So how would Reverse Grids work in Formula 1? I propose a random draw for the first race of the season (or reverse championship order from the previous season), then grids based on reverse finishing order from there on throughout the season. I would reverse the entire field rather than the top 10 or a number of positions picked at random.
The downside of reverse grids are that they may create more accidents as faster drivers starting at the back try to force their way to the front. On circuits like Monaco where it is almost impossible to pass this would create an even larger issue for drivers finishing towards the front of the proceeding race in the championship.
The use of reverse grids would also lose the spectacle of qualifying, seeing drivers push their cars to the limits on low fuel. Therefore, I feel that the other proposals that I put forward are preferable, even if reverse grids would be straight forward to implement as there are no technical changes required to the cars.
Proposal 4: Random Car Assignment
Historically the driver could make a larger difference to the race result. However, as racing has progressed it is the car rather than the driver that is the dominant factor in performance. The slowest driver on the F1 grid would probably get a podium most weekends if they were driving a Mercedes. But how would Lewis Hamilton perform if he was driving a Williams?
Achieving success as a Formula 1 driver is more than driving talent on the track. Being in the right car at the right time is key to a driver winning races and championships. Many times the fastest drivers end up in the fastest cars. However, this is not always the case as Fernando Alonso has demonstrated over the latter part of his F1 career.
And so we come to what is my most revolutionary proposal, that of randomly assigning drivers to cars rather than having drivers in the same car for the whole season. This is my most revolutionary proposal, but I feel that it has real merit as a way to create exciting racing.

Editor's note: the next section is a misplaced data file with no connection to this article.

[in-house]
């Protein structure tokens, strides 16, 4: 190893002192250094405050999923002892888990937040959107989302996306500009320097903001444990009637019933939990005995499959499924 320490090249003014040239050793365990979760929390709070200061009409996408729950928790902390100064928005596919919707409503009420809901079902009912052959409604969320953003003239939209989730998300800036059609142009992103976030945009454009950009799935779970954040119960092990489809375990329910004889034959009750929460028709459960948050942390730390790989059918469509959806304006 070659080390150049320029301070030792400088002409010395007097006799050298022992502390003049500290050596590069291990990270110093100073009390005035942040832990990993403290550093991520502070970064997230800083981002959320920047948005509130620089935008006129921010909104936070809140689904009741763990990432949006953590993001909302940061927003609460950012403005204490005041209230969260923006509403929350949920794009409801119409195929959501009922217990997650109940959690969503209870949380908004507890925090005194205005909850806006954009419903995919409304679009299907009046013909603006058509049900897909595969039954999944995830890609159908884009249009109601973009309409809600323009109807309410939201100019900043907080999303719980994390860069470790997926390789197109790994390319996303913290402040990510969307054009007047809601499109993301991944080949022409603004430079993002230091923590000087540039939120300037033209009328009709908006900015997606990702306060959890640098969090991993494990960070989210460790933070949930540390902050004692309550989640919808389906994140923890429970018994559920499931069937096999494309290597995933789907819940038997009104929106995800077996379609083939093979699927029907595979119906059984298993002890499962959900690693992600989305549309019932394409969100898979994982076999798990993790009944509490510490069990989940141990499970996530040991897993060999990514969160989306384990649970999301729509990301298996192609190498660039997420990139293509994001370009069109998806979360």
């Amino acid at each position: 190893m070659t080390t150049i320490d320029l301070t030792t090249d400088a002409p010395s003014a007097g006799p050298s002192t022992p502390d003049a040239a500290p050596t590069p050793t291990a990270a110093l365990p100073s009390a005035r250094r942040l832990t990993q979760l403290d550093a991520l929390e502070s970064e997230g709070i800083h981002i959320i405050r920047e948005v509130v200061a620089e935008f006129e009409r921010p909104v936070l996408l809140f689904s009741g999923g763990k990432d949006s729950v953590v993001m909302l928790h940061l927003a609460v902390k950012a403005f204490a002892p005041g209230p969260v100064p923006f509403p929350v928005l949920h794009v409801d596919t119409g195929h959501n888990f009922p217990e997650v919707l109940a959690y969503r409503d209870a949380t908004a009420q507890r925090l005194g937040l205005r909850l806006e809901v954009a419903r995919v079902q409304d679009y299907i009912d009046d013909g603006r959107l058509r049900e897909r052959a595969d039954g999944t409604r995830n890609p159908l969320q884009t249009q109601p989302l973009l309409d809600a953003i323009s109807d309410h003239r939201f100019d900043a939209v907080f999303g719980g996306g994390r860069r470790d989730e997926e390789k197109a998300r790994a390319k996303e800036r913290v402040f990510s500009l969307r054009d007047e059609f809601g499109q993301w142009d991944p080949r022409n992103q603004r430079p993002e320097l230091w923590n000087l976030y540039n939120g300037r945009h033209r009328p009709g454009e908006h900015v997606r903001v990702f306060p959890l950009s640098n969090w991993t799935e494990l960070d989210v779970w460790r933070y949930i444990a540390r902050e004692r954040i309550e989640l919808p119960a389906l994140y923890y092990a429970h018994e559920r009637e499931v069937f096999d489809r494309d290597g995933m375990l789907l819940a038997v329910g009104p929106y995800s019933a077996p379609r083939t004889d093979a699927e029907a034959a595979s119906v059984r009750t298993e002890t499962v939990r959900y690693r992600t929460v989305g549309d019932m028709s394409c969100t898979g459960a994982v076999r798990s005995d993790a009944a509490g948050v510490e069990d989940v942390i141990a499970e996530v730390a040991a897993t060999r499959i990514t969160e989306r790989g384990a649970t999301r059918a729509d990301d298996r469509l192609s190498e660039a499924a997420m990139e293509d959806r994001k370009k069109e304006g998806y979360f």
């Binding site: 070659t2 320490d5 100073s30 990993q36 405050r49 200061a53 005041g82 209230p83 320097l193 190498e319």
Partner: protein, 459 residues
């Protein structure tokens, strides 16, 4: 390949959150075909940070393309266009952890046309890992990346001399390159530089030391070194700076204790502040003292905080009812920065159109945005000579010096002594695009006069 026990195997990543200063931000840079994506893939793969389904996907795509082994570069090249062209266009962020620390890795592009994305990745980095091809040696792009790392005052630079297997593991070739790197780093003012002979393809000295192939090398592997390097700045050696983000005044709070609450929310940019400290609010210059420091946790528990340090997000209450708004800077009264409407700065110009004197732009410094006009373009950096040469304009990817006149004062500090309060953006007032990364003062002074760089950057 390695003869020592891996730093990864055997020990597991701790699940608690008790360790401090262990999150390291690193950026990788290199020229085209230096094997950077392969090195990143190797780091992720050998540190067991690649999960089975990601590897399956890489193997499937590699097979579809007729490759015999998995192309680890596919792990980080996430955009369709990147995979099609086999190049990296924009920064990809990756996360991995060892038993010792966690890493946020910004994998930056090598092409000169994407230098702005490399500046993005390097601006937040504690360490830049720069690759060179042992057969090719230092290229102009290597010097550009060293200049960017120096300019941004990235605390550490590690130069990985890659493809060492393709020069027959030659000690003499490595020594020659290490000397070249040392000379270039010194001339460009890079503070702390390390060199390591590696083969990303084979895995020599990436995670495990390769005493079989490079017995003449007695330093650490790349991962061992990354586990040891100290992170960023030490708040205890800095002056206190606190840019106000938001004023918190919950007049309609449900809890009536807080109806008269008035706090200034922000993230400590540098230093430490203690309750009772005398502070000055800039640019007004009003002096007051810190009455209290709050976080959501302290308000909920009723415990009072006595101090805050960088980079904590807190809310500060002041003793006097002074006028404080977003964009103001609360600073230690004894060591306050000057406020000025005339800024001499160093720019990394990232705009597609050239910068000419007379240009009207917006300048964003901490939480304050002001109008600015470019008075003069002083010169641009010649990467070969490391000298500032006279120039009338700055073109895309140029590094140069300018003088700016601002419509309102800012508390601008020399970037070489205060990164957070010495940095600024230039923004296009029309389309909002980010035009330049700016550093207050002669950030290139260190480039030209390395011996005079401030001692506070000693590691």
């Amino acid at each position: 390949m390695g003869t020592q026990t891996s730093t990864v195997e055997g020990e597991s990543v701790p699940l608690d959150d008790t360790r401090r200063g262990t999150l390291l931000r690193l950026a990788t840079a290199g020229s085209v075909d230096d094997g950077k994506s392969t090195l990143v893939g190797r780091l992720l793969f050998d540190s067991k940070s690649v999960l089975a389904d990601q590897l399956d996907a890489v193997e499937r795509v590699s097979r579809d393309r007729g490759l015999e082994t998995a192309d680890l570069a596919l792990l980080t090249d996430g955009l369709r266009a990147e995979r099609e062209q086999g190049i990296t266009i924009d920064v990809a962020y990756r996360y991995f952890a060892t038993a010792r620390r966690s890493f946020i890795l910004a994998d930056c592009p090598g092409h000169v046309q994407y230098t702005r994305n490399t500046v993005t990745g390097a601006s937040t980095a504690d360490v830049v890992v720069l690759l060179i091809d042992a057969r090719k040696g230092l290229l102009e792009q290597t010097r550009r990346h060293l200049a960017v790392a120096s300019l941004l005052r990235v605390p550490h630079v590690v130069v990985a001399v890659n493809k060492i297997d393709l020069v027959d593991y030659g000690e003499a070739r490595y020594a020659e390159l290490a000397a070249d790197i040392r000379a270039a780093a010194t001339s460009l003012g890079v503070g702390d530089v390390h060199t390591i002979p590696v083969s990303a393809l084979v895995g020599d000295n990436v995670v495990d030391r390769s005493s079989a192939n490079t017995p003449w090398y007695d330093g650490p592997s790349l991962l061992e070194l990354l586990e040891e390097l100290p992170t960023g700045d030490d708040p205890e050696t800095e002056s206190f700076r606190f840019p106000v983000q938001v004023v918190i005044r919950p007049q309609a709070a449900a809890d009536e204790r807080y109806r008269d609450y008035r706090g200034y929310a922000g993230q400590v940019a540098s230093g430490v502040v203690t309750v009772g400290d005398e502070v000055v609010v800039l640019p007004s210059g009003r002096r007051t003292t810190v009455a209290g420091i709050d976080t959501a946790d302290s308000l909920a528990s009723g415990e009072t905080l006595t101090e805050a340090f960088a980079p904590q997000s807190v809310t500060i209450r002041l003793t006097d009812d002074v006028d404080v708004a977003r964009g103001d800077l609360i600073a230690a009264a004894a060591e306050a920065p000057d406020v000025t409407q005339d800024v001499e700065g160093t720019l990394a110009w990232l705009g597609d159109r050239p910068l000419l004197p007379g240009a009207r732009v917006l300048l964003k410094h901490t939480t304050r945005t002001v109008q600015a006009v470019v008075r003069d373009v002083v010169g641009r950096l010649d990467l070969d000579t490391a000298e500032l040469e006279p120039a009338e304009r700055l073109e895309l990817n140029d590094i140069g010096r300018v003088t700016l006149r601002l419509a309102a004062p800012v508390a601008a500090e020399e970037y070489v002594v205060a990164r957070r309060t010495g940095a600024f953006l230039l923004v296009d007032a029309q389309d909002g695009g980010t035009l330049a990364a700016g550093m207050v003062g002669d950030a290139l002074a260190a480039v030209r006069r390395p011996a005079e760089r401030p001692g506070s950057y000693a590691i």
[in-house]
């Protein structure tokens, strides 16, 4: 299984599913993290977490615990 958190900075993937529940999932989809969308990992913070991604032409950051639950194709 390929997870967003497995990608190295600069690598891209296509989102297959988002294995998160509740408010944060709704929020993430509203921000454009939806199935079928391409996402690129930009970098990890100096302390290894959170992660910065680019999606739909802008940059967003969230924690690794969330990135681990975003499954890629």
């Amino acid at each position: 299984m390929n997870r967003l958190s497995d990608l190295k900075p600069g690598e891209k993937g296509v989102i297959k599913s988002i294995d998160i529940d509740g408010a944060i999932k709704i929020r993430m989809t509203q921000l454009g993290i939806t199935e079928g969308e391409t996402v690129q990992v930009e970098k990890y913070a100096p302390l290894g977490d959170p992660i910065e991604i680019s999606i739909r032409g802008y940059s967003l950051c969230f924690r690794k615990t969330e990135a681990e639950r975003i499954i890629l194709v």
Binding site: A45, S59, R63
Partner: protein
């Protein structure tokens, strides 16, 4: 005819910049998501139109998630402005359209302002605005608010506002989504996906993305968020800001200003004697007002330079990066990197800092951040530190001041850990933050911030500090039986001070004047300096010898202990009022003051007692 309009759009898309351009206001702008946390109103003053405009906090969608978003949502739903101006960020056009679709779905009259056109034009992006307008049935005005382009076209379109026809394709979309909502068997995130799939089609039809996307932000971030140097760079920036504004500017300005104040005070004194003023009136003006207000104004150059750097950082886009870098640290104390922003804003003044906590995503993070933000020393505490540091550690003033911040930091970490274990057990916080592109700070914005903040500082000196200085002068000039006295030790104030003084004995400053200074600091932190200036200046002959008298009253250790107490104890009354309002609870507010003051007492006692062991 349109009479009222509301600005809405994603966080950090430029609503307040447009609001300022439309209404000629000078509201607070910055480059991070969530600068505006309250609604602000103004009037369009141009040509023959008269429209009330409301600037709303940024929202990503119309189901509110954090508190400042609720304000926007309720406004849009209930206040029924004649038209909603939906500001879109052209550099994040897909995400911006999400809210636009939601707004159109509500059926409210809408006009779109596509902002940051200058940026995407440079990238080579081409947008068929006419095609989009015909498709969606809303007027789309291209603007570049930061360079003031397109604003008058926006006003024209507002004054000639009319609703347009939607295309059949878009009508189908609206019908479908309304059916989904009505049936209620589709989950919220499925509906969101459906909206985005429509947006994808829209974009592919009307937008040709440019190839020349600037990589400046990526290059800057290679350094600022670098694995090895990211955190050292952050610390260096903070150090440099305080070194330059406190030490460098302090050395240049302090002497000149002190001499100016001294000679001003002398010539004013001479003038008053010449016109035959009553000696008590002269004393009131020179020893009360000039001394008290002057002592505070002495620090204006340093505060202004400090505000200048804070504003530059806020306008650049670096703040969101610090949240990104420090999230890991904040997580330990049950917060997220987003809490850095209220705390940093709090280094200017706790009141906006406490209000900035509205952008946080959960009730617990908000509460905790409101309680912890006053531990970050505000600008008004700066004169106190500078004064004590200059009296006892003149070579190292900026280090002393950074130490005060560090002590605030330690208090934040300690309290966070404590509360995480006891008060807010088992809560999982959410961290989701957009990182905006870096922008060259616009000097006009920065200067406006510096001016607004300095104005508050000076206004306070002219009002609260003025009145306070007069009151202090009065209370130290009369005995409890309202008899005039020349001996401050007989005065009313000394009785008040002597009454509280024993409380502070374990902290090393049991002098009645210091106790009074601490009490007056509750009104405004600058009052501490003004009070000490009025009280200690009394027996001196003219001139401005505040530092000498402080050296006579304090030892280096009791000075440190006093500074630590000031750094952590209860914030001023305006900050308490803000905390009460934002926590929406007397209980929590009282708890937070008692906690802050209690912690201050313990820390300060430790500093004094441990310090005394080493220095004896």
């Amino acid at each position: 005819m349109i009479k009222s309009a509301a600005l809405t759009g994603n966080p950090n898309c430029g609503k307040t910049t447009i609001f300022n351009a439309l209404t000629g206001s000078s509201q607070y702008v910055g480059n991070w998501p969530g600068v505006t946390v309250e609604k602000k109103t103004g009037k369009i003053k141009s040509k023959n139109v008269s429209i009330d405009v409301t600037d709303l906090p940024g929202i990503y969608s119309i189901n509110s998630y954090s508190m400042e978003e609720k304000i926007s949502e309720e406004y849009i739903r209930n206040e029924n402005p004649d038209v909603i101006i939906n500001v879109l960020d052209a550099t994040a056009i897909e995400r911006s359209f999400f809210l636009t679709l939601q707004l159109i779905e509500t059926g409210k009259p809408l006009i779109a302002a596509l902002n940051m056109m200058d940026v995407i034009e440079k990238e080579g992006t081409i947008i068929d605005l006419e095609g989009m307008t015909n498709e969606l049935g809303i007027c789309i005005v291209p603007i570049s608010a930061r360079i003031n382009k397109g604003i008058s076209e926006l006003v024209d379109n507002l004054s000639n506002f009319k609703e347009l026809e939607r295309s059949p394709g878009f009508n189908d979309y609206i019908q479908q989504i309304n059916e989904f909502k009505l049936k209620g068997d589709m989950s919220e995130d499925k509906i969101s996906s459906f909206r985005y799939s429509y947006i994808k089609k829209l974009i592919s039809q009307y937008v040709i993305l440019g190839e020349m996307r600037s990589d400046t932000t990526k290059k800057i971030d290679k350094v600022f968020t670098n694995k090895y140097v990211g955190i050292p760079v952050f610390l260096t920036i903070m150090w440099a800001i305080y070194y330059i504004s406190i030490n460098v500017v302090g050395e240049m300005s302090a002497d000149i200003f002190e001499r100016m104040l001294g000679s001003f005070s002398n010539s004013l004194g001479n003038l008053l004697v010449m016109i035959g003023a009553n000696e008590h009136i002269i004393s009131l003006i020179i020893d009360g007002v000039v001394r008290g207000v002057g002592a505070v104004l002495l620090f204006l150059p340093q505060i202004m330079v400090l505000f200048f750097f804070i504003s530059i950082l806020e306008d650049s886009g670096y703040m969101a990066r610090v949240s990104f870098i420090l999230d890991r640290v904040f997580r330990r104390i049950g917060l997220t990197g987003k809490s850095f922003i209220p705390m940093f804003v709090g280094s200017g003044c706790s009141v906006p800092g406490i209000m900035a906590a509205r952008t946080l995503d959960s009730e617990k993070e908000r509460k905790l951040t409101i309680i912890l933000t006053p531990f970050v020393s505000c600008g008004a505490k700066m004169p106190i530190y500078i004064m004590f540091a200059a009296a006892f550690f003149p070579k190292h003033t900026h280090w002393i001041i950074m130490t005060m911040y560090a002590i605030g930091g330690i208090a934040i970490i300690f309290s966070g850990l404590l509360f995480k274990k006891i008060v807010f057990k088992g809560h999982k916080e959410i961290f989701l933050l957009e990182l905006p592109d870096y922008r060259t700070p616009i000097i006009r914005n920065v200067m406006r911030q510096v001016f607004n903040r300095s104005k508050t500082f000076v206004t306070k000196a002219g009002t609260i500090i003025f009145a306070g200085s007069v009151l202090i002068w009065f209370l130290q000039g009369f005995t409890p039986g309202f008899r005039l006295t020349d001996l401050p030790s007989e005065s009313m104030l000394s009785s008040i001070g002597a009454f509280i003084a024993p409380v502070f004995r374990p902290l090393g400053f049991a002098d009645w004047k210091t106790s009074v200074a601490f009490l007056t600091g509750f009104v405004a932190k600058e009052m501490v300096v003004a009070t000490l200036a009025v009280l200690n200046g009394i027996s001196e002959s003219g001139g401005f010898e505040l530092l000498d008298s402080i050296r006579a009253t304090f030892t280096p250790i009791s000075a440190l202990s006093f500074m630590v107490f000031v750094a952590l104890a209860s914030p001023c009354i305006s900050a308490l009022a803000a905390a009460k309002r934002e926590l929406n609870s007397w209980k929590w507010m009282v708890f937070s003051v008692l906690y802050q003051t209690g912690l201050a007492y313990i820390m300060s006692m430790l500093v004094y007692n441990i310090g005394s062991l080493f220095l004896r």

To date I have only found one championship that randomly allocates drivers to cars. That is the new for 2019 Ford Focus Cup in the United Kingdom. All cars are built and prepared by the team running the championship ensuring consistency. At the start of each race weekend there is a public draw to determine which car each driver will use for the race weekend.
So how would this work in F1? In race one Lewis might drive a Haas, in race two he might drive a Ferrari, in race three he might drive a Williams and so on through throughout the race calendar. If we have a 20 race season and 10 teams each driver would drive for each team twice during the season. This would give every driver an equal opportunity. Everything else from qualifying would remain as it is today, no changes to the technical regulations, no success basalt and no reverse grids.
For this option to work drivers would need to be employed by the FIA and not the teams. This would be a huge contractual change in itself and probably the major barrier to implementing this option. However, I do feel that this proposal would provide the most exciting and interesting racing. Even if it is the largest departure from how Formula 1 championship has operated since the formation of the World Championship of Drivers in 1950.
The FIA is due to make the next set of major regulation changes for the 2021 season which we already know will include a change from in wheel diameter from 13" to 18" to make Formula 1 more relevant to road cars.
Other regulation changes for the 2021 season are still to be confirmed, but I would predict that they will be evolutionary rather than revolutionary. As a result, they are unlikely to result in the more exciting racing that many Formula 1 fans would like to see.
Therefore, in my opinion more revolutionary proposals should be considered and adopted. Simplified and standard wings (Proposal 1) is probably the least controversial to implement. However, I would prefer to see the FIA adopt random car allocations (Proposal 4) as this would create true teams and drivers championships.
Which of my four revolutionary proposals do you prefer? What other creative proposal would you make to the FIA?